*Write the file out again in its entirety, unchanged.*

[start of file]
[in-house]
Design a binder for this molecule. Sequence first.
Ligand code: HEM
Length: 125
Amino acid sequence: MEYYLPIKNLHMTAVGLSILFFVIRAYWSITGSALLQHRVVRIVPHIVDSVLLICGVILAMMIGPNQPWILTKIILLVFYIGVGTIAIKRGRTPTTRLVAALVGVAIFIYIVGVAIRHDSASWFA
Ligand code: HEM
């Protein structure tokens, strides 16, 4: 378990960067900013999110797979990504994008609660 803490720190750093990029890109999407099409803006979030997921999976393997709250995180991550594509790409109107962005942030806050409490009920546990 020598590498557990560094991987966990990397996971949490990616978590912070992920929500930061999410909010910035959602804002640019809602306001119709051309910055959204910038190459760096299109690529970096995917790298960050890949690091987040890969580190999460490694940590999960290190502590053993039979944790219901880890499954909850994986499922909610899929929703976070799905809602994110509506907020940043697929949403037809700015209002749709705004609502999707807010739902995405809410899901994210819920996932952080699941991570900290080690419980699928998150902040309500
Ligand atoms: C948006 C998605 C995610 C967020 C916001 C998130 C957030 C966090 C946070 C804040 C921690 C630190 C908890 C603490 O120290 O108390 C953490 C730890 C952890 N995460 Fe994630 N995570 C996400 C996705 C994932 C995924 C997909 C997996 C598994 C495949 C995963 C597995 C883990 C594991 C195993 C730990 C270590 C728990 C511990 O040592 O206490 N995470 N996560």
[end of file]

[in-house]
Design a binder for this molecule. Sequence first.
Ligand code: HEM
Length: 125
Amino acid sequence: MEYYLPIKNLHMTAVGLSILFFVIRAYWSITGSALLQHRVVRIVPHIVDSVLLICGVILAMMIGPNQPWILTKIILLVFYIGVGTIAIKRGRTPTTRLVAALVGVAIFIYIVGVAIRHDSASWFA
Ligand code: HEM
């Protein structure tokens, strides 16, 4: 378990960067900013999110797979990504994008609660 803490720190750093990029890109999407099409803006979030997921999976393997709250995180991550594509790409109107962005942030806050409490009920546990 020598590498557990560094991987966990990397996971949490990616978590912070992920929500930061999410909010910035959602804002640019809602306001119709051309910055959204910038190459760096299109690529970096995917790298960050890949690091987040890969580190999460490694940590999960290190502590053993039979944790219901880890499954909850994986499922909610899929929703976070799905809602994110509506907020940043697929949403037809700015209002749709705004609502999707807010739902995405809410899901994210819920996932952080699941991570900290080690419980699928998150902040309500
Ligand atoms: C948006 C998605 C995610 C967020 C916001 C998130 C957030 C966090 C946070 C804040 C921690 C630190 C908890 C603490 O120290 O108390 C953490 C730890 C952890 N995460 Fe994630 N995570 C996400 C996705 C994932 C995924 C997909 C997996 C598994 C495949 C995963 C597995 C883990 C594991 C195993 C730990 C270590 C728990 C511990 O040592 O206490 N995470 N996560």